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Keywords:

  • migraine;
  • photophobia;
  • visual stress;
  • pathophysiology

Objectives.—To assess the reliability of self-reported photophobia across different patient populations and to examine how visual stress thresholds and photophobic symptoms may be predictive of diagnosis.

Background.—Relatively little is known about interictal photophobia in migraine. In particular, the variability of photophobia across different patient groups has not previously been studied, and a pathophysiological hypothesis to account for the symptoms is not agreed upon.

Methods and Results.—Study 1 compared 99 self-selected Dutch patients and 101 headache-free controls using survey methods. Patients both with and without aura were significantly more likely to report symptoms, such as the wearing of sunglasses in normal daylight, consistent with interictal photophobia. Study 2 replicated these findings in a series of consecutive referrals to a headache clinic in the United States. Study 3 used a specially designed laboratory test to examine the threshold for visual stress in those patients who had participated in study 2. Visual stress thresholds were significantly lower in patients than in controls. A discriminant function analysis of data from both studies 2 and 3 showed that diagnostic category (migraine; control) could be predicted from photophobic symptoms and visual stress thresholds at a level significantly better than chance.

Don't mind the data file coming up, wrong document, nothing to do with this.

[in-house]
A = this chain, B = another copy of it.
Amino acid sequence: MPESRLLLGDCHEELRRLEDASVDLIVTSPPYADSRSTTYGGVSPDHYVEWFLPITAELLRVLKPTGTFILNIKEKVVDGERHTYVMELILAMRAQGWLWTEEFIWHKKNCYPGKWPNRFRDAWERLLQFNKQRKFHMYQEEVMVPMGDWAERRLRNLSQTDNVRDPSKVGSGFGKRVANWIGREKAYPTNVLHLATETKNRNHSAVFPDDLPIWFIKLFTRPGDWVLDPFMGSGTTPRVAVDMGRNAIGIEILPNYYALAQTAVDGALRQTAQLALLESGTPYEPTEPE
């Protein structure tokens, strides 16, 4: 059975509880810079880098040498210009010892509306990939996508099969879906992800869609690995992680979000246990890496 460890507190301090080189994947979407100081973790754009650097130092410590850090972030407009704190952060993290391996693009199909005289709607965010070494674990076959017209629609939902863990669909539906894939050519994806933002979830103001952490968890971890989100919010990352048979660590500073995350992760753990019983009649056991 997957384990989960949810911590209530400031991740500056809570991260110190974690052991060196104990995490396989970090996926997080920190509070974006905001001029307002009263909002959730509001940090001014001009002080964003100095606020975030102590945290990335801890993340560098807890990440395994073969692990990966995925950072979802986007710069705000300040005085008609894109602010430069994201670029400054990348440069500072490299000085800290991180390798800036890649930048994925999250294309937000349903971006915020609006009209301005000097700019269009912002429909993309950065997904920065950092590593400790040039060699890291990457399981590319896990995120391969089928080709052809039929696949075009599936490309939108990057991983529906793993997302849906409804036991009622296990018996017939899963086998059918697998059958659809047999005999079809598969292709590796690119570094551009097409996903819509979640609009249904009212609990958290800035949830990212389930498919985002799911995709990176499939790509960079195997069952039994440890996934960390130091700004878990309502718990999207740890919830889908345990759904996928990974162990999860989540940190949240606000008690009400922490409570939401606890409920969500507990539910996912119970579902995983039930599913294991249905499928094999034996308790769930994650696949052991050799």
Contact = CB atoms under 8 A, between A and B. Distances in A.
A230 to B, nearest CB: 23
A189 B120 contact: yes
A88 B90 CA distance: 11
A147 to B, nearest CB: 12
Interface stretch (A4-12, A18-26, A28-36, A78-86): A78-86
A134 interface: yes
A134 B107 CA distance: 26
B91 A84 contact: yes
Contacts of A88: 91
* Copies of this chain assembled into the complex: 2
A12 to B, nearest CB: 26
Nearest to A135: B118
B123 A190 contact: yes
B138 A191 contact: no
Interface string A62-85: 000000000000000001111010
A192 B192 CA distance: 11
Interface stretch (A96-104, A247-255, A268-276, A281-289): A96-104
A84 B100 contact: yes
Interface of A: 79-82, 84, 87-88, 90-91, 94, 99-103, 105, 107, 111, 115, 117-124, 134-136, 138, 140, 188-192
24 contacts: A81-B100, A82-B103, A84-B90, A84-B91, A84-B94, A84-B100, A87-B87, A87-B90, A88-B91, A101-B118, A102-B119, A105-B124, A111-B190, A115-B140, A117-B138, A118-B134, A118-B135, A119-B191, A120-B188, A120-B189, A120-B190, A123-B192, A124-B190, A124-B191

Conclusions.—We suggest that interictal photophobia is common in migraine and similar across different patient populations. One pathophysiological hypothesis is that interictal photophobia is associated with cortical hypersensitivity to stimulation. The predictive validity of interictal photophobic symptoms suggests that clinical diagnosis may be aided by questioning the patient about light sensitivity in the period between attacks.